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Dear boy! these records of my grief receive,
These simple honours that will bloom and live;
And be, when Fate has spun my latest line,

My ashes honour'd as I honour thine! Some very similar lines are found in Pope's “ Elegy to the Memory of an Unfortunate Lady”:

What though no weeping Loves thy ashes grace,
Nor polish'd marble emulate thy face?


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Yet shall thy grave with rising flowers be dress'd,
And the green turf lie lightly on thy breast:
There shall the Morn her earliest tears bestow,

There the first roses of the year shall blow. Some of the most touching poetic pieces, both in ancient and modern times, have been written on the death of children. Two here must suffice. The following, from the Greek, is by an unknown author (Jacobs IV. 256, dclix.). The translation is by C.:

Inexorable Death! Why, why destroy
In the first dawn of life this sinless boy !
He joyous plays in Pluto's drear domain,

But ah! has till'd his home with grief and pain.
Landor wrote this “ To a Mother, On a Child's Death":

The scythe of time, alas ! alas!
Always cuts down the freshest grass,
Nor spares the flowers that would adorn
The tranquil brow of blooming morn :
He lets the corn grow ripe, then why
Bids he the germ be knipt and die ?

Stranger, this stone, though small, defiance bids
To mausoleums and to pyramids.
The centenary games I twice beheld,
And in those years no adverse fate bewail'd.
Five sons, as many daughters, Juno gave,
Whose pious hands prepar'd me for the grave.
Nor my least glory, though too rarely known,

One man I held most dear, and one alone. A Greek cpigram by an uncertain author is very similar, especially the close (Jacobs IV. 254, dexlix), which by Stephens (p. 226) is given as a separate distich, thus translated by C.:

Beneath this flowery mound she rests, whose zone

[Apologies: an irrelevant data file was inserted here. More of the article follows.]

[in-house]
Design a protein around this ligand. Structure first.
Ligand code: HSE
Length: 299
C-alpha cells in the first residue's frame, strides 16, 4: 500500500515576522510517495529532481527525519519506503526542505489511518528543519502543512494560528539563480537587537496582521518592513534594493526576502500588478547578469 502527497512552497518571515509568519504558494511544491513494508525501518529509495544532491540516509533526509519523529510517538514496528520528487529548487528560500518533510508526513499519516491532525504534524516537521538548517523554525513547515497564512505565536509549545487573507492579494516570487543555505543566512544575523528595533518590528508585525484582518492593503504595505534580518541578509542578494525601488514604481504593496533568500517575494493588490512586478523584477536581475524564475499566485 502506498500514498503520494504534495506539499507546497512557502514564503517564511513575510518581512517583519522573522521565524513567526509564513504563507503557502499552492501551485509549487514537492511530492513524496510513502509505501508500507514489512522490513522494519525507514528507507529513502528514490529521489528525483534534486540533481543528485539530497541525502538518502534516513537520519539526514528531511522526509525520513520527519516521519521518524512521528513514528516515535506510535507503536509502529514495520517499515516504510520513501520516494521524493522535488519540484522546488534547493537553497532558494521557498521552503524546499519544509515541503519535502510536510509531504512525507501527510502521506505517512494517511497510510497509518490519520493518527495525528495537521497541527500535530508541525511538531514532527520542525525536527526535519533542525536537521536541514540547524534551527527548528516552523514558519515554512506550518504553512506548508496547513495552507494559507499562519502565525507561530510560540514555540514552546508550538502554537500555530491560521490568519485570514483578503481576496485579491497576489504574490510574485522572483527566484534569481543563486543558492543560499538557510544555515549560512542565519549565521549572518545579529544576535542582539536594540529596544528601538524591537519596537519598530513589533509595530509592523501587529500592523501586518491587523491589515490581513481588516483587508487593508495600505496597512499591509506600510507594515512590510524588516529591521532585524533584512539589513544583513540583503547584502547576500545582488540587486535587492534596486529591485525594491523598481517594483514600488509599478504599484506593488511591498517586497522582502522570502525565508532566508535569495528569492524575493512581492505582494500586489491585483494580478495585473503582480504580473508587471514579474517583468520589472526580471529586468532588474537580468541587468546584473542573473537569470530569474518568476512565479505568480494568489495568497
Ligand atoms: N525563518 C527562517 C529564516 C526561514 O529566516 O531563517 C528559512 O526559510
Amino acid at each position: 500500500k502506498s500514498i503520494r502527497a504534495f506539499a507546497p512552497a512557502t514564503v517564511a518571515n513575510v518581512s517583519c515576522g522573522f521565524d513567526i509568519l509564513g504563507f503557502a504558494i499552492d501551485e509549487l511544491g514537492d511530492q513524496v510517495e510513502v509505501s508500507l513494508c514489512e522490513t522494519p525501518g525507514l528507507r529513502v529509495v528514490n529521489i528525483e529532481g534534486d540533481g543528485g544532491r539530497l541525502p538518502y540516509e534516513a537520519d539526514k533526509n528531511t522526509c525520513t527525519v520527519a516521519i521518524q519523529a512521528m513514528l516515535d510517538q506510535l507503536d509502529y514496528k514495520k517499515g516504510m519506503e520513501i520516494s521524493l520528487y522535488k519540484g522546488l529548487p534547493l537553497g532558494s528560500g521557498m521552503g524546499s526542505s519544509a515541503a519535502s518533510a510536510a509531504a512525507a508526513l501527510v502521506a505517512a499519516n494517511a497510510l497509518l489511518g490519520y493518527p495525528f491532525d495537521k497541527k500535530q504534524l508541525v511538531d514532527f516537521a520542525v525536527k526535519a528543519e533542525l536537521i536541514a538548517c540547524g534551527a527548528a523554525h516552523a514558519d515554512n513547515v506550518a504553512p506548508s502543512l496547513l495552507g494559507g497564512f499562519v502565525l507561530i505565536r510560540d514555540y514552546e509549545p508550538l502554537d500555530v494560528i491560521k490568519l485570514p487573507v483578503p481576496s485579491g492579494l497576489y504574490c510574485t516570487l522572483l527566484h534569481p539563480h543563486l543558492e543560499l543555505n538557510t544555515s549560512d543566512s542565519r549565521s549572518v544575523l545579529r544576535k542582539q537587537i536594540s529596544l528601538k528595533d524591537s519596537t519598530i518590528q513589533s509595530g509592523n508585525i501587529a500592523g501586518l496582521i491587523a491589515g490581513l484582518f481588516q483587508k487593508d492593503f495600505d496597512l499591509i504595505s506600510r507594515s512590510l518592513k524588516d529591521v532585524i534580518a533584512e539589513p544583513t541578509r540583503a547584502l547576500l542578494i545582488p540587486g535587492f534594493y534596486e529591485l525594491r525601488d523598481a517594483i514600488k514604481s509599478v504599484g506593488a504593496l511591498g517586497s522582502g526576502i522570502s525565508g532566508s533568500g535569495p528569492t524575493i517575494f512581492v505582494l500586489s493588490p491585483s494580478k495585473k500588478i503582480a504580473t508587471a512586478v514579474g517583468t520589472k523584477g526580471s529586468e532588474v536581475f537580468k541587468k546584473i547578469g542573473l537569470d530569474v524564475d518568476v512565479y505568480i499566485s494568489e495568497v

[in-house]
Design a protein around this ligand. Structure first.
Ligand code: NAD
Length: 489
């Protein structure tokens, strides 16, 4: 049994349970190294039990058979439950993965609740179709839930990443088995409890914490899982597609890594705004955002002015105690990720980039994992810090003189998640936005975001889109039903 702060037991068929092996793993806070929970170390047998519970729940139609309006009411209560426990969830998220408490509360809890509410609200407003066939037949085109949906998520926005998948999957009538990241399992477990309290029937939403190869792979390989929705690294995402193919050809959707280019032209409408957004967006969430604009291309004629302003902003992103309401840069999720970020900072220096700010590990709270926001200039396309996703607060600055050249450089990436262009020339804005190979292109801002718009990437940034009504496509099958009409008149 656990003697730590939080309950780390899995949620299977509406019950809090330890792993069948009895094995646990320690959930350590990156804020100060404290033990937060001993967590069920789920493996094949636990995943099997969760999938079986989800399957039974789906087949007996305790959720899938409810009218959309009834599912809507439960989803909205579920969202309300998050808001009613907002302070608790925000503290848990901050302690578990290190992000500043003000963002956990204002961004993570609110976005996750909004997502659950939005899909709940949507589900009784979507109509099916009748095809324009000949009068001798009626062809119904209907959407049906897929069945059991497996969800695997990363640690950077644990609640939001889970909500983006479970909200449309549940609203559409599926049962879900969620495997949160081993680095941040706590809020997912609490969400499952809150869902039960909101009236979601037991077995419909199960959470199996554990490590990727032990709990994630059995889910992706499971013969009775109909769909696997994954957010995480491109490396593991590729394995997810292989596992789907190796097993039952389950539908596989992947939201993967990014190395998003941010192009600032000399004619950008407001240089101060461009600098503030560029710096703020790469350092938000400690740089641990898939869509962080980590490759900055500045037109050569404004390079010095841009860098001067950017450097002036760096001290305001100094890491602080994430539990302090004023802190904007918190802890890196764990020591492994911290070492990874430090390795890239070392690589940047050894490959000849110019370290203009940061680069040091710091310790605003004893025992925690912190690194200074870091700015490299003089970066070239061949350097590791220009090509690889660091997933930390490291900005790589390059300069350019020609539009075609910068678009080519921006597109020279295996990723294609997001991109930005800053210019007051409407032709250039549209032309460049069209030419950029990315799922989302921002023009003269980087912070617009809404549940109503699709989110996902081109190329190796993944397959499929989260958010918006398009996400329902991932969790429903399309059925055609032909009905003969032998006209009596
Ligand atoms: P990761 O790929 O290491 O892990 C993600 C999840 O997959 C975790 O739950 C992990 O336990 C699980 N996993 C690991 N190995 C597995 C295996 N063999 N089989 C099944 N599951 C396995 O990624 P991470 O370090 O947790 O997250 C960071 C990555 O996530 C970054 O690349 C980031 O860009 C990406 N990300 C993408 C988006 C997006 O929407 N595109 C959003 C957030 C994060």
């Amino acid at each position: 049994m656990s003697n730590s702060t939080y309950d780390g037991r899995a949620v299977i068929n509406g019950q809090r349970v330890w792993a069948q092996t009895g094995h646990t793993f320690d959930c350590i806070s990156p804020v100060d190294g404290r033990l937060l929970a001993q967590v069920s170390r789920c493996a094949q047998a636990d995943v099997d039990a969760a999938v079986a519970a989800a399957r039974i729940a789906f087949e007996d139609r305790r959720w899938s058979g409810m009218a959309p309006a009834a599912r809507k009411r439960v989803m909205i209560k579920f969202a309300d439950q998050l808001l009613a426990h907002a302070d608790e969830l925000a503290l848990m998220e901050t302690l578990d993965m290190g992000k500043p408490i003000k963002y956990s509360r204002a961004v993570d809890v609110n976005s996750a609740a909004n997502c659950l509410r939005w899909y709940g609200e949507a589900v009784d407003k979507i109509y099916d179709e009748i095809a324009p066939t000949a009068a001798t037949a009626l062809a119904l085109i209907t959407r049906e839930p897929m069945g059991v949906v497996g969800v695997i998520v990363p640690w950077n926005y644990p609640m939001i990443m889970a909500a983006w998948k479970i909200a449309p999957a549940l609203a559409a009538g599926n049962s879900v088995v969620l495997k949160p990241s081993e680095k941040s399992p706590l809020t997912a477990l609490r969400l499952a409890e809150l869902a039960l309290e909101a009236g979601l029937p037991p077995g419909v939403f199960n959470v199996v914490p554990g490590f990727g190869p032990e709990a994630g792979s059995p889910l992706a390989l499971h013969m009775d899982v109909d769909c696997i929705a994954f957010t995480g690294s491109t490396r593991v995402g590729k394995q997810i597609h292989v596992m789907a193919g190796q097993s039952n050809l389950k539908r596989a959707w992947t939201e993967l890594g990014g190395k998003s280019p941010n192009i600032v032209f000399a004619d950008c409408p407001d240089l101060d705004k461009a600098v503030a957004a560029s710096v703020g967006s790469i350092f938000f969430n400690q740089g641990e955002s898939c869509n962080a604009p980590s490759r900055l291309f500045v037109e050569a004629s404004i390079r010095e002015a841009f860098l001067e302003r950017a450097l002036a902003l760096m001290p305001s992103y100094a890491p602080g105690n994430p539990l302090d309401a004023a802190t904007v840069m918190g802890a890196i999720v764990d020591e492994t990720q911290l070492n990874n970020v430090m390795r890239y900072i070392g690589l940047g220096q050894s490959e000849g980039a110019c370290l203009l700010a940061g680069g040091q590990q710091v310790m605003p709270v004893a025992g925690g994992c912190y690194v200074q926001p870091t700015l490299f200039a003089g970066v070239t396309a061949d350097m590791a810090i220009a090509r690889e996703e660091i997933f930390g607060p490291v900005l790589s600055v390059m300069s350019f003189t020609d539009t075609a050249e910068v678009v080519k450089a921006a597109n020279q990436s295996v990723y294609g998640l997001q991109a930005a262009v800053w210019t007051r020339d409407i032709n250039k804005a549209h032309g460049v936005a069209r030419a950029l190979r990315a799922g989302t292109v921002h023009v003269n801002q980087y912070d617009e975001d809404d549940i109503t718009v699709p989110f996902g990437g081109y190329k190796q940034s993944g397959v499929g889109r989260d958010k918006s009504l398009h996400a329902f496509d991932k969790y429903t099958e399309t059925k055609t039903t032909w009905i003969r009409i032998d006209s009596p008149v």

Was loosen'd by one dear lov'd youth alone.
Herrick had probably Martial's epitaph in mind, when he wrote “An
Epitaph upon a Sober Matron,” the close of which is exactly similar to
both the Latin and the Greek:

With blamelesse carriage, I liv'd here,
To th' almost sev'n and fortieth yeare.
Stout sons I had, and those twice three;
One onely daughter lent to me:
The which was made a happy bride,
But thrice three moons before she dy'd.
My modest wedlock, that was known
Contented with the bed of oue.

Translated by Addison in the Spectator," No. 86.
Thy beard and head are of a different die;
Short of one foot, distorted in an eye:
With all these tokens of a knave complete,

Should'st thou be honest, thou’rt a devilish cheat. Palladas, in a Greek epigram translated by C., says (Jacobs III. 132, lxxxviii.) :

In mind and body crook'd, 'tis Nature's plan

To show the inward by the outer man. So, Shakespeare (“King John," Act IV. Sc. 2.):

A fellow by the hand of nature mark'd,

Quoted, and sign'd, to do a deed of shame. Yet Hubert's "abhorred aspect" maligned him, for he showed that he had a feeling heart; whilst King John “slandered nature in his person."

That the mind can be read in the features has, however, in all ages been credited, and physiognomists, notwithstanding their ludicrous mistakes, have from the earliest times been held in estimation. As an example of this in the time of Theocritus, an epitaph on Eusthenes by that poet may be quoted (Jacobs I. 197, x.). "The translation is by Calverley :

Here the shrewd physiognomist Eusthenes lies,
Who could tell all your thoughts by a glance at your eyes.
A stranger with strangers his honoured bones rest;
They valued sweet song, and he gave them his best.
All ihe honours of death doth the poet possess :
If a sma! one, they mourne i for him revertheless.

TO PRISCUS (Book XII. 93).

Translated by F. Lewis.
Priscus, you've often ask'd me how I'd live,
Should fate at once both wealth and honour give.
What soul his future conduct can foresee?

Tell me what sort of lion you would be. Dr. Johnson took this epigram for the motto of the 172nd No. of the Rambler," where he remarks that, " the powers of the mind when they are unbounded and expanded by the sunshine of felicity, more frequently luxuriate into follies, than blossom into goodness."